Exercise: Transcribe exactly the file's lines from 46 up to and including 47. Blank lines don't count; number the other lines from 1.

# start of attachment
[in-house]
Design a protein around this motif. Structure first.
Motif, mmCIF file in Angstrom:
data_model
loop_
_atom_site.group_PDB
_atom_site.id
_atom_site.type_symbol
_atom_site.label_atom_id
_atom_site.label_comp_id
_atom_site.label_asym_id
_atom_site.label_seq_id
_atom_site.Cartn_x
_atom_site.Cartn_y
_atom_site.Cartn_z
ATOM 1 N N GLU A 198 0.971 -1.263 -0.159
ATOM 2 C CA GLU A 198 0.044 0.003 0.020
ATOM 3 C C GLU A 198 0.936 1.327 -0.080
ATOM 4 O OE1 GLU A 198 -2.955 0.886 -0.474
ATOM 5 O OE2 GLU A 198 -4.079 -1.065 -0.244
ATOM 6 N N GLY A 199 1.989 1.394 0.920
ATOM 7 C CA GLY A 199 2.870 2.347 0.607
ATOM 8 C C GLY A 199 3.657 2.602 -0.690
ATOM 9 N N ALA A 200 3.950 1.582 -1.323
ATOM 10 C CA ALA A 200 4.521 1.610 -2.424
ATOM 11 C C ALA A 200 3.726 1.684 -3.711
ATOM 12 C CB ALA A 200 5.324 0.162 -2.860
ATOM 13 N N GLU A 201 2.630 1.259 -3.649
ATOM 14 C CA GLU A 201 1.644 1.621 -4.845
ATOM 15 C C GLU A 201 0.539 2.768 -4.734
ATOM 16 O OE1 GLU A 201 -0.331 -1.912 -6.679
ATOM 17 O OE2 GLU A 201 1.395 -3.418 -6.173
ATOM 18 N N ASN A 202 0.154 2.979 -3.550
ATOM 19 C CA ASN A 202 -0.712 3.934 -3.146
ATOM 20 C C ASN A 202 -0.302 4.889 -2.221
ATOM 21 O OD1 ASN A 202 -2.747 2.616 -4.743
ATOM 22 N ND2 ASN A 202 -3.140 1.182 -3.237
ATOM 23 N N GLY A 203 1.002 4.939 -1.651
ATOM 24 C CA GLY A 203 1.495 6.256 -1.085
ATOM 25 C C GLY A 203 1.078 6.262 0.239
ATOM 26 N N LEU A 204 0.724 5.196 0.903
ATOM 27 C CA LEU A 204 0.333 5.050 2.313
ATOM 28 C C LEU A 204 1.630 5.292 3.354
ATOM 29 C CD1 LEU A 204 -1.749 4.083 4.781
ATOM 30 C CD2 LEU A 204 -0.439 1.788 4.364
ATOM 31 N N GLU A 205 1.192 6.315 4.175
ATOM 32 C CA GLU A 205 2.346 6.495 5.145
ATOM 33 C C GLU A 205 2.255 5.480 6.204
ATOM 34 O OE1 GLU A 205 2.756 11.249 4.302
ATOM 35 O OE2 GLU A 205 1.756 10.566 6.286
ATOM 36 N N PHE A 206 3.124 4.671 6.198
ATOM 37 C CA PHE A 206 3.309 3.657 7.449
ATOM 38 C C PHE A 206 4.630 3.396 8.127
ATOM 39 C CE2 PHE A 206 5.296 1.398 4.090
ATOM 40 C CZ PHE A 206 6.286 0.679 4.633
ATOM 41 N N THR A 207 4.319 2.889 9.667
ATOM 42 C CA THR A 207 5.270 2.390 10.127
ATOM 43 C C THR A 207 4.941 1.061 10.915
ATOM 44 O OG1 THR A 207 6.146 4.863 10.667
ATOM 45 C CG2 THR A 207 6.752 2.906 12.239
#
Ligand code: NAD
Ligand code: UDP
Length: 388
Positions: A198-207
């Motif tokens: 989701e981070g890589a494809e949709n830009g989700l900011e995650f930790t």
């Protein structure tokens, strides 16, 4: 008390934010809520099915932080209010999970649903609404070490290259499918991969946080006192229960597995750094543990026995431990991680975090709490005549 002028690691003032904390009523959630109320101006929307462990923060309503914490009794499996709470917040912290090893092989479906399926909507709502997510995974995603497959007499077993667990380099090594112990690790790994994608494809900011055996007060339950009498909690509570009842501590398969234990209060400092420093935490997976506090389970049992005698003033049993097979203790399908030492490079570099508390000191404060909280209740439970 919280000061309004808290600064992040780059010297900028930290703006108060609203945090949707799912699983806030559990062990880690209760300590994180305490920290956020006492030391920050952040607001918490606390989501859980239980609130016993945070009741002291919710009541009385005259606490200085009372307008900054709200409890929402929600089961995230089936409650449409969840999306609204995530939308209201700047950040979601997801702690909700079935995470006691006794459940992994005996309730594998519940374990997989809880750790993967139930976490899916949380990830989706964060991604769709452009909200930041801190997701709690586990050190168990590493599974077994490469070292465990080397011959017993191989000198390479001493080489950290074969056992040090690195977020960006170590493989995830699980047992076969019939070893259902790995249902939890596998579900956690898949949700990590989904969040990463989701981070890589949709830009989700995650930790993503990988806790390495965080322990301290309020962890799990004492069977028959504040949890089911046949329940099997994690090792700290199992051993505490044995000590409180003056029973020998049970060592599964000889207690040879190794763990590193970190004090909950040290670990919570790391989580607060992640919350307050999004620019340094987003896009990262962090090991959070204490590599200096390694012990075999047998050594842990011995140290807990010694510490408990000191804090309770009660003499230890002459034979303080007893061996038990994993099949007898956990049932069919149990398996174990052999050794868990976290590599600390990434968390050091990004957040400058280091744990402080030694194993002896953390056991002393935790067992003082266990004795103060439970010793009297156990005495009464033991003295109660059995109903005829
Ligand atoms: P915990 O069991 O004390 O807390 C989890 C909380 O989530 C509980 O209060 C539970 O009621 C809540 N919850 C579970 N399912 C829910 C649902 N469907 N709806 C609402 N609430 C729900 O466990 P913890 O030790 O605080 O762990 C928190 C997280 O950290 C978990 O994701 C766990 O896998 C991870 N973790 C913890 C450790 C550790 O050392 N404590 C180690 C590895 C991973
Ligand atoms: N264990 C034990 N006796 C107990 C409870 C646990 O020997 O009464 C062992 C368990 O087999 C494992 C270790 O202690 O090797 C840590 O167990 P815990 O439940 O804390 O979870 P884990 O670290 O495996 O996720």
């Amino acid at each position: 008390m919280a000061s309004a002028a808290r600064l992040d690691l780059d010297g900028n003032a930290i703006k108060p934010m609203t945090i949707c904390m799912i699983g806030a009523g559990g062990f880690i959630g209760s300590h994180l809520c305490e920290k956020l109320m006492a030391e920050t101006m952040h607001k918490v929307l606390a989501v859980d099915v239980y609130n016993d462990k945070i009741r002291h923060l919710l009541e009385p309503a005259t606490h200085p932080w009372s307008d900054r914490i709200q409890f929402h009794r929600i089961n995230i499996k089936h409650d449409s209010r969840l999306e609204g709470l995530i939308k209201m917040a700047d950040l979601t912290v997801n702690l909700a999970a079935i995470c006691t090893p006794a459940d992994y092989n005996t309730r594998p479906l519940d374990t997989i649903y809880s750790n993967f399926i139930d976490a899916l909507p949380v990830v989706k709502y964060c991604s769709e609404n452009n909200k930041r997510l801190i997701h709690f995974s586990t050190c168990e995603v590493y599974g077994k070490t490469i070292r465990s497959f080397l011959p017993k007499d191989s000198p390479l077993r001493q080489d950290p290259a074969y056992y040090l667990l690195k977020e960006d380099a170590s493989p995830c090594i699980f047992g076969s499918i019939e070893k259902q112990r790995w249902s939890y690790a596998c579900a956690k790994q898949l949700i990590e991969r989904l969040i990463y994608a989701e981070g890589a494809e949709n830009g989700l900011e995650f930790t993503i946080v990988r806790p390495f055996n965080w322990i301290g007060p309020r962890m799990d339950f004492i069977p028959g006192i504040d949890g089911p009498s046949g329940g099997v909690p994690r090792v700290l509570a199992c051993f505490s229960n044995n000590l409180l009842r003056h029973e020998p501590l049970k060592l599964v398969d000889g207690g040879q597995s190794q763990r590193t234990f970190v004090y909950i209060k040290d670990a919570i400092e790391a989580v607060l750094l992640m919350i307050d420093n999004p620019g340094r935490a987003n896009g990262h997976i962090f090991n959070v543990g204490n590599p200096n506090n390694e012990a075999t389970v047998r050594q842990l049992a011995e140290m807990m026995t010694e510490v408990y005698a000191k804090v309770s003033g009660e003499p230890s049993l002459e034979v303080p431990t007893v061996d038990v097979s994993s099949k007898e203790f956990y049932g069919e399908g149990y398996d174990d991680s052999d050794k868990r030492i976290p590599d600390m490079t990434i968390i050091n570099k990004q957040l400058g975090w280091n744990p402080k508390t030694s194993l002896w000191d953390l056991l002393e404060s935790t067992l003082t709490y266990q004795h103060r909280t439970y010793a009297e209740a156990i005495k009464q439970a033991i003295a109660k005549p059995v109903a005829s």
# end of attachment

ATOM 31 N N GLU A 205 1.192 6.315 4.175
ATOM 32 C CA GLU A 205 2.346 6.495 5.145